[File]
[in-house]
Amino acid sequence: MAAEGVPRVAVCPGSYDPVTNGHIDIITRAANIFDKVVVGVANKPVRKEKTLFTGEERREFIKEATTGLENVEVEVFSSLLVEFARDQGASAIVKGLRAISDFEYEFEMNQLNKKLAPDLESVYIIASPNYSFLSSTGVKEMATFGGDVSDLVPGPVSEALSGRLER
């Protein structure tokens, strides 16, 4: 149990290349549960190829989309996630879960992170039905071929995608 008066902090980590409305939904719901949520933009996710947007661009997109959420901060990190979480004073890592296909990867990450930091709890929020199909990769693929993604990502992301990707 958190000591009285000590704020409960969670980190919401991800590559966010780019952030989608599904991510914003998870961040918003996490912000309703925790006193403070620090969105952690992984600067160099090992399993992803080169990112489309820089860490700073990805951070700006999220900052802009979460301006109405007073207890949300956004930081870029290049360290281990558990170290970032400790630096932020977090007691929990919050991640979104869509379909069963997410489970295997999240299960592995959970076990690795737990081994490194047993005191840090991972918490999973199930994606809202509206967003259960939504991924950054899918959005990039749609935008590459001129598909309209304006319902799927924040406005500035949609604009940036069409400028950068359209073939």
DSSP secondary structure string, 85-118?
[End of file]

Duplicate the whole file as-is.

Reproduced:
[in-house]
Amino acid sequence: MAAEGVPRVAVCPGSYDPVTNGHIDIITRAANIFDKVVVGVANKPVRKEKTLFTGEERREFIKEATTGLENVEVEVFSSLLVEFARDQGASAIVKGLRAISDFEYEFEMNQLNKKLAPDLESVYIIASPNYSFLSSTGVKEMATFGGDVSDLVPGPVSEALSGRLER
């Protein structure tokens, strides 16, 4: 149990290349549960190829989309996630879960992170039905071929995608 008066902090980590409305939904719901949520933009996710947007661009997109959420901060990190979480004073890592296909990867990450930091709890929020199909990769693929993604990502992301990707 958190000591009285000590704020409960969670980190919401991800590559966010780019952030989608599904991510914003998870961040918003996490912000309703925790006193403070620090969105952690992984600067160099090992399993992803080169990112489309820089860490700073990805951070700006999220900052802009979460301006109405007073207890949300956004930081870029290049360290281990558990170290970032400790630096932020977090007691929990919050991640979104869509379909069963997410489970295997999240299960592995959970076990690795737990081994490194047993005191840090991972918490999973199930994606809202509206967003259960939504991924950054899918959005990039749609935008590459001129598909309209304006319902799927924040406005500035949609604009940036069409400028950068359209073939």
DSSP secondary structure string, 85-118?